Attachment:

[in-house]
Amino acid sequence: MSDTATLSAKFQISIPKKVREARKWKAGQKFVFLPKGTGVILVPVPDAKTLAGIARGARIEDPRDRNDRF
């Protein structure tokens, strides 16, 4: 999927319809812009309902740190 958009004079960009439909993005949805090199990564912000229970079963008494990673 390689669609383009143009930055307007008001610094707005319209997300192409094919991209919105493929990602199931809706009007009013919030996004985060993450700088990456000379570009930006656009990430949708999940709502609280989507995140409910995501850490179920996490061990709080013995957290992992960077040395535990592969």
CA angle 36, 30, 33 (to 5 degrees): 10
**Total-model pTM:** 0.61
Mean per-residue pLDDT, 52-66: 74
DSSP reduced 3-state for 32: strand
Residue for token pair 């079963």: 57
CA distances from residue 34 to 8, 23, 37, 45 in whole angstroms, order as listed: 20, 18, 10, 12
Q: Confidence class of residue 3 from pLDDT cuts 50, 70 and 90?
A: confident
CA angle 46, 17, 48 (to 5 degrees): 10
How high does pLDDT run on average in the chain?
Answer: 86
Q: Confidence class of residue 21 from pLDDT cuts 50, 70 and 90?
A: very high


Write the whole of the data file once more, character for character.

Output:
[in-house]
Amino acid sequence: MSDTATLSAKFQISIPKKVREARKWKAGQKFVFLPKGTGVILVPVPDAKTLAGIARGARIEDPRDRNDRF
């Protein structure tokens, strides 16, 4: 999927319809812009309902740190 958009004079960009439909993005949805090199990564912000229970079963008494990673 390689669609383009143009930055307007008001610094707005319209997300192409094919991209919105493929990602199931809706009007009013919030996004985060993450700088990456000379570009930006656009990430949708999940709502609280989507995140409910995501850490179920996490061990709080013995957290992992960077040395535990592969």
CA angle 36, 30, 33 (to 5 degrees): 10
**Total-model pTM:** 0.61
Mean per-residue pLDDT, 52-66: 74
DSSP reduced 3-state for 32: strand
Residue for token pair 């079963």: 57
CA distances from residue 34 to 8, 23, 37, 45 in whole angstroms, order as listed: 20, 18, 10, 12
Q: Confidence class of residue 3 from pLDDT cuts 50, 70 and 90?
A: confident
CA angle 46, 17, 48 (to 5 degrees): 10
How high does pLDDT run on average in the chain?
Answer: 86
Q: Confidence class of residue 21 from pLDDT cuts 50, 70 and 90?
A: very high